Do you ever get the feeling that half of our fine country is made up of pretentious douche bags? It seems like the currents of douchbaggery are always shifting and transforming, submerging and resurfacing. From Focus on the Family to the Tea Baggers (who fittingly already have bag in their name and don’t need me to add anything to make it one of the douchiest names ever) and from Rush Limbaugh to Glenn Beck, there always seems to be a group of and/or individuals who just cannot keep their douchbaggedness to themselves. They’ve got to defame themselves by appearing in the media and attempting to spread their own special form of douchbaggotry to the masses. I’m not trying to pin douchbaggedness exclusively on new-age republicans, douche bags know no political boundaries, however the elephants do have a penchant for proselytizing on the gospel of douchtianity.
In Colorado we now have Lewis W. Shaw the second. One can only assume that the first L.W. Shaw was of pretty douchee lineage himself, for although douchbaggedness is not hereditary, it is easily passed from father to son. At least the former kept his douchbaggery in the fine state of Texas, which in all likelihood is the birth place of all things douchee, if not at least one of its places of origin.
Now junior here decided that he wanted to find a special place in the Texas Douche Bag of Fame by doing something especially douchee in Colorado, which in my estimation is what many Texans truly aspire to. And all he wanted to do was to own a section of river. Besides the obvious disconnect between attempting to own something, which cannot be owned, what made, or rather makes this attempt especially doucheworthy is the problem of blocking access to a public waterway.
River access in CO has always been, and may forever be, a tightrope walk, with paddlers balancing between the depths of losing access on one side and the trenched out warfare of maintaining access through fragile agreements on the other. Why must we resort to fragile agreements? The answer: douche bags. Mainly political douches but occasionally the stray developer slips into the fray. It’s a sham really, as any Colorado representative with half a brain realizes that public access to navigable waterways is recognized as a right in most of this country. They still however refuse to follow through with any solid legislation defining it as such. They just don’t want to piss off any of their buddies who own and/or frequent private fishing reserves and other “private” hideouts that just happen to be located on navigable rivers.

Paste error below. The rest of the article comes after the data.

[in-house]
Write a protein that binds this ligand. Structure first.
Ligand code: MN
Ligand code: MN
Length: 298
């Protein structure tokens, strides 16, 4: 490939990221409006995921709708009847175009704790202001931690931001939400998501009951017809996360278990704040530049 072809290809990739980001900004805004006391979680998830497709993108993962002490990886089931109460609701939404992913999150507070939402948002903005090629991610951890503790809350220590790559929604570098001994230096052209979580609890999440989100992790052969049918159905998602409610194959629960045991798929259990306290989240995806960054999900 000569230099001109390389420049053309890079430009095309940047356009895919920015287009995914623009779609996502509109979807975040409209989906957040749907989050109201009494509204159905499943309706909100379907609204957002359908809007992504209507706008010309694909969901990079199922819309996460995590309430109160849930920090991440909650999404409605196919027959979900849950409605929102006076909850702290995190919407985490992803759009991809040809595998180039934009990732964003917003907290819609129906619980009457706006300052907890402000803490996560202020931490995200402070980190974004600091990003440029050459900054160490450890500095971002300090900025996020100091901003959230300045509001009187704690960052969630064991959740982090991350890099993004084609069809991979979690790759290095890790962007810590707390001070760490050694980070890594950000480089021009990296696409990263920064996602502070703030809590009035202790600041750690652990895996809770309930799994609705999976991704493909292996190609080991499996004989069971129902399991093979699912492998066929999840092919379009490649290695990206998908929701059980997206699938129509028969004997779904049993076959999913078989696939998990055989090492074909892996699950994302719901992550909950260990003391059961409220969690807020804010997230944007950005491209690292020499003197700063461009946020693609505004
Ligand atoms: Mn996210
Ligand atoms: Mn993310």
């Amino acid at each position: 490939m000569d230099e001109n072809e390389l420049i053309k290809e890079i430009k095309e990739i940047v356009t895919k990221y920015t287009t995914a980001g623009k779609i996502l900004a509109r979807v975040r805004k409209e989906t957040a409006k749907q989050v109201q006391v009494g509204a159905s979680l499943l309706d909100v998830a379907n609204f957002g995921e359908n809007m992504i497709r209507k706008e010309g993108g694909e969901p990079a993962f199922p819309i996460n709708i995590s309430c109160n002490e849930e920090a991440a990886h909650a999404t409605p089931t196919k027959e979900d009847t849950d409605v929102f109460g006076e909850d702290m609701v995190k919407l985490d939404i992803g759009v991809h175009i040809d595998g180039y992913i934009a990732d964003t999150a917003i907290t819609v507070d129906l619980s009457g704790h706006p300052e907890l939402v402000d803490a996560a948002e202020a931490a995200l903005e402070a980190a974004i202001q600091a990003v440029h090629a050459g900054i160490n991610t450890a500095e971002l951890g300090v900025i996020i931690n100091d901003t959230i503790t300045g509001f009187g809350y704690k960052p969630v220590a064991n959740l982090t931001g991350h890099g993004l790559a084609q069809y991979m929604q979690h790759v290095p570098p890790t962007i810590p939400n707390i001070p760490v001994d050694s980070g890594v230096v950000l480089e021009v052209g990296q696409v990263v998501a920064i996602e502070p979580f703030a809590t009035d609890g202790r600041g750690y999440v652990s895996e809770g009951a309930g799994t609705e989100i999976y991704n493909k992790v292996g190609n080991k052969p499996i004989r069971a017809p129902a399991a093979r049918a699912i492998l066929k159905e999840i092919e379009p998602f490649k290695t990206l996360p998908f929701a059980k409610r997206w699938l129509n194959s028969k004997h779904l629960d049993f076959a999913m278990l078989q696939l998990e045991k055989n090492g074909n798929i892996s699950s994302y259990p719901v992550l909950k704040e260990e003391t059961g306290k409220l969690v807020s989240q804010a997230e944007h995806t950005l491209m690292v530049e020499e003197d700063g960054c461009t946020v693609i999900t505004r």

I can just envision their contorted faces, yelling at me after being arrested for trespassing, “I don’t like you sucking around bothering our citizens Lebowski… Keep your ugly fucking goldbricking ass out of my beach community.” Shit sorry, Lebowski flashback, but you get the idea. “This land is my land” is the only line of that chorus they abide by.
So, while these losers are debating the future of our public river access, at this point, we can safely assume that they will do nothing and will leave it up to us to negotiate some kind of a treaty with these overzealous property owners. As for the Shaw situation, a treaty was reached but seriously, what kind of pussy cop-out is this shit show. We’ve got to follow their rules to float a river we’ve got as much right to as they do, and, AND we can’t fish it while we float it??? No. We don’t have to abide either. As long as we are not touching the banks we are not trespassing. And if they want to test it, if they want to take it to trying to fish us out of the river and arrest or threaten us or whatever they want to try and do, let them test it and let’s take it to the courts, cause we’ll win.
Speaking of winning, this has been a year to remember for the North Fork of the South Platte. Bailey Fest and 450 cfs in October? You gotta love it. We took a major stride this summer as a community, embracing Bailey Fest and putting our best river booty forward and making what might be the state’s first official scheduled release a huge success. 139 people said they participated in the event via the AW Bailey Fest survey, so I’ll just assume at least 150 people were there paddling over the weekend, which is a huge turnout.
About 59% of the people had an exceptional experience, 39% had a great experience and 2% had a moderate experience. Basically nobody had a bad time over the weekend so we owe it to ourselves to reach over and give ourselves a coupla pats on the back. We also owe it to the organizers and the sponsors and AW and Ian Foley to turn the tables on’em and buy them a beer, or fight for river access, or more scheduled releases or become a member, or really all of the above. You just can’t go wrong with sweet off-season flows.